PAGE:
Kristin Farr: What are all the mediums you work in?
Theresa Chromati: Mainly painting and collage, primarily acrylic paint. I use glitter, vinyl plastics, silk fabric, and I have also played with cotton and bandanas. I’m really interested in adding textures and different elements. I’ve worked digitally, and I’m working with wood now, and I’m trying to move in the direction where the surface plays into the context of the work.
I’m working on a series about events that happen through the eyes of people who are stoop sitting, spending a long time sitting on the steps, including certain events that happen on the street. It captures people on these steps doing nostalgic things from my childhood, like eating sunflower seeds. Another painting is called Stoop Rapunzel, and it captures a young woman walking down the steps, her hand being held by a boy, and the mother’s looking out the door—little moments like that. The wood I painted on was shaped like a house.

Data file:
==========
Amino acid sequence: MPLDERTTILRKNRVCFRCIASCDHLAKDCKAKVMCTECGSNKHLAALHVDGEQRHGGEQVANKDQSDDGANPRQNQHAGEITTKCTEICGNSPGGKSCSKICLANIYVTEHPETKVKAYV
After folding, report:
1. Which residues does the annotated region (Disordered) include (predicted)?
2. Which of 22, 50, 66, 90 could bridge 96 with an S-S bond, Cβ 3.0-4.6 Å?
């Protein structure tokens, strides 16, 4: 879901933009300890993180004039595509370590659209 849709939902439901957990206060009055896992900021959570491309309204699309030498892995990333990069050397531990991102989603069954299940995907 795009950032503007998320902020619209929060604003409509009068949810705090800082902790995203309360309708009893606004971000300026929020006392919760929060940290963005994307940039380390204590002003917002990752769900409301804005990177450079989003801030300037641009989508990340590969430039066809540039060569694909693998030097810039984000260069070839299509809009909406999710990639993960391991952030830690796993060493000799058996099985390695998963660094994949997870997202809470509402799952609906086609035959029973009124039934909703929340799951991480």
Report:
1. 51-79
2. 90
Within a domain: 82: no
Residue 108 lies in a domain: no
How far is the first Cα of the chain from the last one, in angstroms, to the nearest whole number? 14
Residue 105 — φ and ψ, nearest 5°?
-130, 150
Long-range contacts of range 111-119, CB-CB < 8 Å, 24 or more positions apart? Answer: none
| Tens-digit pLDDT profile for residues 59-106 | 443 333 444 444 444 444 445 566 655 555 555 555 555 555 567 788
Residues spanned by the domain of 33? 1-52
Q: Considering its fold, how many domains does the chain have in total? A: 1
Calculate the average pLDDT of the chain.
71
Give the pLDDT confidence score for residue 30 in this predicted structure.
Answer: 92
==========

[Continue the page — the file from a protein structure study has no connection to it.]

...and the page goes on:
I remember eating sunflower seeds. They’re a lot of work.
They are. It was just something you did, even if you didn’t really like them. My mom never bought sunflower seeds, but the kids in my neighborhood loved them, so I just ate them because it was like a way of belonging.
The gateway to smoking.
Right, it’s the same structure. We’re clearly from two different places, but you still have the same memory of something that most people would never talk about unless it came up, so I’m trying to consider those things and put them into the work.
We should talk about glitter.
I just have a natural attraction to glitter. A lot of what I’m trying to say in my work is about the beauty and confidence of black women, and depicting moments of partnership among them.
A silver lining, a rainbow, or a sprout pushing through pavement—there are countless ways to analogize the subversion of negativity, but togetherness is key for positive transformation. Theresa Chromati’s paintings celebrate the unparalleled power of community among black women, and her work inspires a hard examination of expectations as her figures are set free to dance, be natural, and own the space they have always deserved. She is quite literally turning scars into sparkles.
Chromati is a Brooklyn artist who has already lived other lives as a designer and clarinetist, and she’s now a multi-sensory storyteller, making mixed-media work that moves, shakes, and expresses the depth of female bonds, among other personal and universal tales.